Eighth in a series of pioneer profiles
In 1971, Gordon Fleming wrote a poem for his University of BC English class about underwear. The opening lines were an homage to a similarly-themed work by American poet Lawrence Ferlinghetti.
I didn’t sleep last night much thinking about underwear
My own underwear
I had to go home last weekend so I brought my underwear with me
I mean I wore the usual amount and brought the last eight days in a plain brown paper bag
However, after forgetting to take it back with him, he ends up washing his lone remaining pair in the sink, and hanging it out the window to dry — which makes him reflect on what a labour of love it must be to wash someone else’s underwear. He also wonders if anyone can tell he doesn’t have any on.
In the meantime, what I am wearing — no underwear — is hard to forget
I think about it and make mistakes in my work …
But really, underwear is a very private matter. It is a secret between me and my trousers.
“That was the beginning,” recalls Fleming, 84. “I didn’t think it was anything very special. I just turned it over to the instructor, who wrote on it ‘Terrific.’ I had no idea that it was. So that gave me the idea to send it to Ferlinghetti.”
Ferlinghetti sent back a handwritten note: “Dear Fleming — Thanks for your underwear.”
Ever since, Fleming has been a prolific writer.
“He’s an amazing poet,” says his daughter-in-law Barb. “Anything coming up — could be a birthday or a wedding — he would sit down and write. Christmas letters would be two pages of verse of what had happened the previous year.”
When Parkinson’s disease reduced his voice to a whisper, he wrote a poem entitled Speech Therapy.
He’s also written memoirs about being a scout leader, building his Bealby Road house, and growing up in Nelson as the seventh of Ross and Minnie Fleming’s eight children.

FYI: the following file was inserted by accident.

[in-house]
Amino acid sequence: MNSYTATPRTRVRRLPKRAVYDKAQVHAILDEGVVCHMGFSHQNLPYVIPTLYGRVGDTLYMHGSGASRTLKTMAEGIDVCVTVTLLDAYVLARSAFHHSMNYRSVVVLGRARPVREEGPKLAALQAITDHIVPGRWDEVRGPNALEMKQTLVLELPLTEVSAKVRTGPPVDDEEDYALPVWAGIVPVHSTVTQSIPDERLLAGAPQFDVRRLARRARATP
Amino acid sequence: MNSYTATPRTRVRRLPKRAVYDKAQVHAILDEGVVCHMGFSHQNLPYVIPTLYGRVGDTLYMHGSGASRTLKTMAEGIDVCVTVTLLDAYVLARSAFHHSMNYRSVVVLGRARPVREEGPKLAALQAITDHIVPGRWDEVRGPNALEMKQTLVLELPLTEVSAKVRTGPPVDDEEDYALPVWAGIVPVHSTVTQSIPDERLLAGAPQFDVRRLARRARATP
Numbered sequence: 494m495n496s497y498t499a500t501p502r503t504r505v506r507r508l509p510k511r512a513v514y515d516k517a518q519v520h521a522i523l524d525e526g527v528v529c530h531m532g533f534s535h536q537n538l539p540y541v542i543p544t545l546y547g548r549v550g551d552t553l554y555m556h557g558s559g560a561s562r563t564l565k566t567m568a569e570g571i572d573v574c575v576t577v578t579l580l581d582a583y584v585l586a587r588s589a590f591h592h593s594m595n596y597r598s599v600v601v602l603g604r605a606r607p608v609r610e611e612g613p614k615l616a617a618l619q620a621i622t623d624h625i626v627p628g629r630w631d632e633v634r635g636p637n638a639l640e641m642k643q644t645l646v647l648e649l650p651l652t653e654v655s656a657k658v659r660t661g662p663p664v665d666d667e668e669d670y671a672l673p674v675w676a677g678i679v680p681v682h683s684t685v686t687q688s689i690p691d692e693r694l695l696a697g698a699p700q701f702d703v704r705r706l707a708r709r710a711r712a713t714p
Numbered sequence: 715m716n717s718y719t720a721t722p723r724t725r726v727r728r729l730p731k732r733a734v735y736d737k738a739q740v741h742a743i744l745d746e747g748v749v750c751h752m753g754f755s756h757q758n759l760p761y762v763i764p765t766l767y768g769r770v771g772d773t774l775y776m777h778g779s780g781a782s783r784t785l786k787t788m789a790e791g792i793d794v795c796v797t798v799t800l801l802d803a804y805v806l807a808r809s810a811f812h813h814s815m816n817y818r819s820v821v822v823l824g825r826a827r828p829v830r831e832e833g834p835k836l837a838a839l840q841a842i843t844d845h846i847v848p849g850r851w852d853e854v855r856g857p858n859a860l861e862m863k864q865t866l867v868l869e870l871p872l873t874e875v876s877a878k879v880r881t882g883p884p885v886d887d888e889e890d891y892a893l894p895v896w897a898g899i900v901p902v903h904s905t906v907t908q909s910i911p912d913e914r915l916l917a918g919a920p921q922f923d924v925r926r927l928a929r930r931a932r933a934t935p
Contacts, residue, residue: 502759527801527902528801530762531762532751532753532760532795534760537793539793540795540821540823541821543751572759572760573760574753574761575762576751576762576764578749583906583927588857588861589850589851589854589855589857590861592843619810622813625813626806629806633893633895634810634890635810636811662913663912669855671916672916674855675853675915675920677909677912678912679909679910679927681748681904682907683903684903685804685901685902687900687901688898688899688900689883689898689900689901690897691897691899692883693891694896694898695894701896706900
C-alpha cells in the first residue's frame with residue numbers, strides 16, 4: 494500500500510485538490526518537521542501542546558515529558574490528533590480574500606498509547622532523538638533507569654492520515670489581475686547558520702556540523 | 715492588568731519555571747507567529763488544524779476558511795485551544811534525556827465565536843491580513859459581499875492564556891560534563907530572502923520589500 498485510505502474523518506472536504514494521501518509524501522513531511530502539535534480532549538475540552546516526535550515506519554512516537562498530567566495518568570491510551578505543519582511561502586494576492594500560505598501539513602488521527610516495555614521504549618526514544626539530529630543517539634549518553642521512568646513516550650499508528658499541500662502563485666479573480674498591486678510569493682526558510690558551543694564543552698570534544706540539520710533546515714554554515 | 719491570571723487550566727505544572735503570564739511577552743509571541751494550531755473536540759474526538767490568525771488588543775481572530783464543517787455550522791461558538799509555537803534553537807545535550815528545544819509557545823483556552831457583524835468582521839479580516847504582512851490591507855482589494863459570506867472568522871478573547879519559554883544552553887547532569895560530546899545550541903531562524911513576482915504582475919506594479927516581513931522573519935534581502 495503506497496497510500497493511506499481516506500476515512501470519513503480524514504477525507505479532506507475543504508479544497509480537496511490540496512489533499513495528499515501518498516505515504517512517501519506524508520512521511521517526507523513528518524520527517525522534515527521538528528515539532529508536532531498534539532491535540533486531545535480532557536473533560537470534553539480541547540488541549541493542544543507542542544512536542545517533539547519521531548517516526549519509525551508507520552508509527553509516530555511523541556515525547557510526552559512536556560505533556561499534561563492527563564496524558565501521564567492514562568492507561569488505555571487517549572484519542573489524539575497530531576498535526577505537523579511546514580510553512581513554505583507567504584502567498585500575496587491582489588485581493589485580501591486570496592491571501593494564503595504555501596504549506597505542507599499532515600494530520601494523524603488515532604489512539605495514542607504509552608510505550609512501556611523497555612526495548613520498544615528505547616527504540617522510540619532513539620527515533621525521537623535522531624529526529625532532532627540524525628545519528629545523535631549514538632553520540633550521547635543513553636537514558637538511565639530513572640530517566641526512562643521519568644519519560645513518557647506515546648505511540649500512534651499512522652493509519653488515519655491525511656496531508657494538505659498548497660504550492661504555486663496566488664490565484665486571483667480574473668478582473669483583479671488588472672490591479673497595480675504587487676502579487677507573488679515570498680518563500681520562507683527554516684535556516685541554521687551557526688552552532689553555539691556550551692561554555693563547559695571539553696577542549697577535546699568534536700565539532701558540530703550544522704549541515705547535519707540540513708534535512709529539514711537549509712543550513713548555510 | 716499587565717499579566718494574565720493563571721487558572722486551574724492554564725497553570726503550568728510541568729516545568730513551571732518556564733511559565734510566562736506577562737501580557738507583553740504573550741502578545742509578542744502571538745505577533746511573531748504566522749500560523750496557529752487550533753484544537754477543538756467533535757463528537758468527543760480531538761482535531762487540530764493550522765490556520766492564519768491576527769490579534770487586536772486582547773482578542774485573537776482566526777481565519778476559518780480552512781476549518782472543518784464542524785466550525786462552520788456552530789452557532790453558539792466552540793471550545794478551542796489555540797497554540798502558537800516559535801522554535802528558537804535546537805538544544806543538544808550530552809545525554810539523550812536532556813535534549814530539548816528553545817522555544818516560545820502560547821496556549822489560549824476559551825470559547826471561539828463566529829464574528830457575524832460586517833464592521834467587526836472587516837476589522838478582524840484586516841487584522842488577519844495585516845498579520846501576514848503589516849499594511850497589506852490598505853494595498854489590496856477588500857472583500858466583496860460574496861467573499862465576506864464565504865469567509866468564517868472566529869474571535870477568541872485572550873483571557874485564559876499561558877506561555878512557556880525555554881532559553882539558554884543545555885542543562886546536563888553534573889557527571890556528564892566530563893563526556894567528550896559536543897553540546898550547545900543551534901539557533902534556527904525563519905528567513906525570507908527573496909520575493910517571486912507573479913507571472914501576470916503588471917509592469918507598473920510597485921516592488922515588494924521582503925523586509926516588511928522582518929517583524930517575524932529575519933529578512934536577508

For decades, his father was among the city’s most prominent figures, as an alderman, band leader, and proprietor of Fleming’s Grocery (later turned into an apartment building and then demolished in 1996 when Safeway expanded).
Gordon’s memoir also discusses his fondness for motorcycles — which is how he met wife Lorraine.
After a dance one night, he and some friends “let it be known if any of the girls would like a ride, our bikes were available. Lorraine was the only one brave enough to take us up on it.”
He took her home, but she got off a block from where she was staying with her aunt and uncle, afraid they would see her on the bike. Even so, the next morning her uncle, a police sergeant, asked: “Did you come home on that motorcycle?”
The couple was already building their home when they married in 1950.
“I don’t think of it so much as building this house as creating it,” Lorraine says. “It got changed and added onto so many times.”
Gordon, the archetypal fix-it guy, did much of the work himself.
“He was always building, reinventing, and improving things,” says youngest son John. “It’s just a talent he has.”
After many years as a machinist, Gordon trained in industrial education (during which time he composed his famous poem), then returned to Nelson to teach at L.V. Rogers.
In retirement, he indulged his passion for woodworking, turning out beautiful toys, furniture, and jewelry boxes. For years, foreign exchange students coming here have each received a little handcrafted box with a Canadian flag painted on the lid. Gordon’s handiwork has literally spread around the world.
Previous installments in this series: